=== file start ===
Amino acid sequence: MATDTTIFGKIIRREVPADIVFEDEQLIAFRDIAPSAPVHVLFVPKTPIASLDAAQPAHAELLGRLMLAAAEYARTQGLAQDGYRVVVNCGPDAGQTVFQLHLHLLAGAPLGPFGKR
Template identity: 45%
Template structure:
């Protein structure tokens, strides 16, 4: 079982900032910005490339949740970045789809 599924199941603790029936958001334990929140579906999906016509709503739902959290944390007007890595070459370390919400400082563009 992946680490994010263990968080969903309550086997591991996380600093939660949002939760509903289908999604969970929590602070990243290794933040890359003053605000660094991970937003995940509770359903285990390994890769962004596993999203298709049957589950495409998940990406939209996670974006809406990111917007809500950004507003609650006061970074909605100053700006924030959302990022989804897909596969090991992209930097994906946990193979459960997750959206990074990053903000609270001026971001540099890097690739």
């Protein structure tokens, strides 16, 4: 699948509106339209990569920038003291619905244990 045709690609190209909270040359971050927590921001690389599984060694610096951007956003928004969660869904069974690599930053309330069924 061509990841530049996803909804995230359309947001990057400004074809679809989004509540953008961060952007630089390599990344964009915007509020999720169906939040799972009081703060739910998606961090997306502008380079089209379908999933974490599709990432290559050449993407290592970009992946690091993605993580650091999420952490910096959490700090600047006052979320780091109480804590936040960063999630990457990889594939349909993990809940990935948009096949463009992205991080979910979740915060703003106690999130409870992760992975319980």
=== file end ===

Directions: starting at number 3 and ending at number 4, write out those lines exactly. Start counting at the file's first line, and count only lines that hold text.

Template structure:
């Protein structure tokens, strides 16, 4: 079982900032910005490339949740970045789809 599924199941603790029936958001334990929140579906999906016509709503739902959290944390007007890595070459370390919400400082563009 992946680490994010263990968080969903309550086997591991996380600093939660949002939760509903289908999604969970929590602070990243290794933040890359003053605000660094991970937003995940509770359903285990390994890769962004596993999203298709049957589950495409998940990406939209996670974006809406990111917007809500950004507003609650006061970074909605100053700006924030959302990022989804897909596969090991992209930097994906946990193979459960997750959206990074990053903000609270001026971001540099890097690739």